But you can find some of her paintings and stuff like that [online]. She got quite successful. My sister and I never really got a lot of information about her growing up. Both of us are always trying to find articles. We found this artist [in the US], she interviewed her and wrote an essay or something. I contacted her via email and was like this is my great-grandmother – can I please get a copy?  Because I could find the citation but I couldn’t find the actual document. And she was like wow this is amazing and she sent me like the whole book.

A – Do you think learning about your great-grandmother has influenced you a little bit? She was both an artistic woman and someone who was quite political. Do you think that now understanding your roots you’ve kind been inspired to be a little more political? Or have you always been like that?

I think I’ve always kind of been like that. Because I’ve gotten that a lot from my sister. My sister is quite political. She’s an academic studying gender and cultural studies. It’s kind of nice to see where it comes from. Where that drive, that determination and that creativity comes from. Because she was amazing, she was a really great poet as well.

A – You’re so lucky that you know that family history. Because a lot of it gets lost.

I’m so so grateful that everyone can still get to know about her. Although there were so many stories that I got told that I just wouldn’t of been able to get access to unless I went and visited my family.


C – When you came back from Nicaragua, how did you feel? Did you look back on the experience?

I definitely feel more comfortable with calling myself Nicaraguan and being like yeah I’m a Latina. Before it was hard for me to do because I don’t really have much of the culture but now I’ve seen how they have their hair for example. I think my hair texture is more from Indigenous culture, that’s why its more straight curly rather than just being textured. [Previously] I was always like am I allowed to have my hair in braids? and am I allowed to do this? but after going there I’m like no, actually this is my culture, and I’m absolutely allowed to do that.

A – I think it’s quite nice that you had that thought though. You were so aware of cultural appropriation, I think that’s something a lot of people don’t have…

Yeah, cultural appropriation is one thing that just really gets on my nerves. I will call out so many people, even that I’m close to. During Halloween when I see people with the Dia De Los Muertos face– I’m like listen you don’t understand.

C – How have you found, growing up in Australia? Like being from a biracial background?

It was definitely hard, just because, like I said before, I didn’t really know what to call myself, I didn’t know [whether] to say, I’m Nicaraguan. Luckily because [Australia] is quite a multicultural place and growing up in the Inner West [of Sydney] which is also quite multicultural, I didn’t really feel too badly. I had my sister as well which was so good because we’ve both pretty much had the same experience. So we’re both kind of now learning about our culture and trying to learn the language and stuff. [Previously] I kind of just rejected the culture. I would go to family functions like for Christmas and I would just sit in the corner and be like what is this music?, what am I doing here?, what is this food? and now I’m like this is the best. [laughs]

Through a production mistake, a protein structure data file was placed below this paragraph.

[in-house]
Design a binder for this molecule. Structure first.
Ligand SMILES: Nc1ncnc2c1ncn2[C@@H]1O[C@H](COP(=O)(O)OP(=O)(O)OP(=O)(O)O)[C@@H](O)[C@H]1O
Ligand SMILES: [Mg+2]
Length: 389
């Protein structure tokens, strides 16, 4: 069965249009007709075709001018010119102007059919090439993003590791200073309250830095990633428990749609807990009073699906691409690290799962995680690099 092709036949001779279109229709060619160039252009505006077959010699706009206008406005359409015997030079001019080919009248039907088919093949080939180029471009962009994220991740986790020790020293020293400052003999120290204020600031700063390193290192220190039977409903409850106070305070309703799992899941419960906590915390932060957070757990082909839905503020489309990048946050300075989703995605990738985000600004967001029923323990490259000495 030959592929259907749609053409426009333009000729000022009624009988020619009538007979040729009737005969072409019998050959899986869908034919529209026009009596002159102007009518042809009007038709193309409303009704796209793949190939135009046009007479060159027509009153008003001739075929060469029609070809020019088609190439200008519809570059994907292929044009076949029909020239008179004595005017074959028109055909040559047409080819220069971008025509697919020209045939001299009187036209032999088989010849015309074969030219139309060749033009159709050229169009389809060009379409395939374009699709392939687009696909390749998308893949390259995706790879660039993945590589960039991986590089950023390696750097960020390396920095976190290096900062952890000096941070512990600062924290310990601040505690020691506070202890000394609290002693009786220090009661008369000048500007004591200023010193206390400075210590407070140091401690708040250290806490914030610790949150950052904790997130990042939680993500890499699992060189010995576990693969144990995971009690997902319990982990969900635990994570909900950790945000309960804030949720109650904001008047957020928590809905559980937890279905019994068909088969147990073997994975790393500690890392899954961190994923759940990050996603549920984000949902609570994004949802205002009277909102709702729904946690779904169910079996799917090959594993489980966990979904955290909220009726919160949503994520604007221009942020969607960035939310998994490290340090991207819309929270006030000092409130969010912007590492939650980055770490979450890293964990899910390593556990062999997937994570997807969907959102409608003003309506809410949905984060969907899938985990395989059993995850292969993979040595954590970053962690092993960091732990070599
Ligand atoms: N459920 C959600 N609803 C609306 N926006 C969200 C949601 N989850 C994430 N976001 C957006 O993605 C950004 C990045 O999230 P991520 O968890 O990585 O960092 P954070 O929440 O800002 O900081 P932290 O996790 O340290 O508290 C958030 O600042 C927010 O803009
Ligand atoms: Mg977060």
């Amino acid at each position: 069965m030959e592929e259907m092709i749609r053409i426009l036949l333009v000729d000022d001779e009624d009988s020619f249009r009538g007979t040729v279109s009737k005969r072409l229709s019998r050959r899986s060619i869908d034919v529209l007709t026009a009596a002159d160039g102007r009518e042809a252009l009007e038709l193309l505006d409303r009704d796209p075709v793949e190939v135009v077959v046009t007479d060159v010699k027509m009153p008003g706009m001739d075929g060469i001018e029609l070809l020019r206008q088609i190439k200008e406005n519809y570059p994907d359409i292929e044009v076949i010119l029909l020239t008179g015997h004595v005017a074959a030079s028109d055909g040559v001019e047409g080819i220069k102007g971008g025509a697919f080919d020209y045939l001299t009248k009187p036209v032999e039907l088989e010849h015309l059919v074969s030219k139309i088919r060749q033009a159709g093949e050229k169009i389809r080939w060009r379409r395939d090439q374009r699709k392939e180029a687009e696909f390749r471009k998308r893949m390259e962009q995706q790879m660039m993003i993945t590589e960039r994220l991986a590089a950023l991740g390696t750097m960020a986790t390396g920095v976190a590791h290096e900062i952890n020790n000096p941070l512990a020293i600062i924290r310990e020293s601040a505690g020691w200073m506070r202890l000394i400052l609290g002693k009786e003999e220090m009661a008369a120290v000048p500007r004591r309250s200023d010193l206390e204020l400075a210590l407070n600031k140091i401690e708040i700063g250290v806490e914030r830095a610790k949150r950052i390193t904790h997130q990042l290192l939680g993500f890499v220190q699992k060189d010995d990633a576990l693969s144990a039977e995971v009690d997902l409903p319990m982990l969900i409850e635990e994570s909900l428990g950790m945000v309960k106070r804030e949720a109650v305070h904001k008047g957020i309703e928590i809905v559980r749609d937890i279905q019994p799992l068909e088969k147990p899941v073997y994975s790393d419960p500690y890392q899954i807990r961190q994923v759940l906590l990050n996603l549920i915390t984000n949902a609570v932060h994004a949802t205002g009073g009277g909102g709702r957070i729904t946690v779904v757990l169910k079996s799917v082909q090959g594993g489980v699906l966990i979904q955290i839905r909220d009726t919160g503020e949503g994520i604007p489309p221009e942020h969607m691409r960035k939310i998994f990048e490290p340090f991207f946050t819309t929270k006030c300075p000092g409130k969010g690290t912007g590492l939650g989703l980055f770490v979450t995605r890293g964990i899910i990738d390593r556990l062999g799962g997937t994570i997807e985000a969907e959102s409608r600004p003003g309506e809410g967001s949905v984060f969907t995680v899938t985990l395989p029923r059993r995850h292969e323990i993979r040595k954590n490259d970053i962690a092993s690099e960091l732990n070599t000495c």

I would be like why are there so many people here?, why are they all giving me hugs and kisses? I don’t like this. And now I listen into their Spanish conversations now and I’m like I don’t know what you’re saying but this is amazing. [laughs]

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C- What do you do at the moment?

At the moment, I’m just working in retail.

C – And your modelling a bit?

A tiny bit. I enjoy it, it’s good but I don’t know. I feel like it’s not the thing I want to be doing with my life.

C – Really?

If I’m doing it for friends or for people who reach out to me and its something that I really enjoy the concept of, it’s the best.

C – Do you think with your modelling, because you have such an interesting look – Do you think that’s played a part of your Instagram following? Do you get people often asking you on the internet, where are you from? Or things like that?

Um, a little bit. I don’t know, it doesn’t really happen that often. I don’t know if people sort of understand that it’s kind of annoying to me when people ask that. Sometimes I understand, because if I saw myself I would be like I don’t know where this persons from but I generally wouldn’t really ask. But yeah, I definitely think because I have such an interesting face, I feel like it probably has been a major part of the reason why. I mean I do take a lot of selfies.

A – Is there something that you really want to do? Is there a project? Or something you feel passionate about?

There are a few things, which is why I think I’m lost. I really like flowers and nature and stuff like that. So I might do floristry. I’ve been thinking about that a lot. And I think there’s quite a big floristry gap in the Sydney market.

A – Will you go back [to Nicaragua]?

Absolutely, we were only there for just over a week and in Bluefields for 3 days. Which was a good amount of time to just see it at first and settle with everything and understand. The political situation there isn’t the best – you can only get there by plane and by boat at the moment. Right now they’re building a road from the Capital Managua over there – this whole time they just had no access other than air and water.

Amber’s Instagram; @bbgorlambs


Interview by Carolina De La Piedra and Aimee Flores
Words and photos by Aimee Flores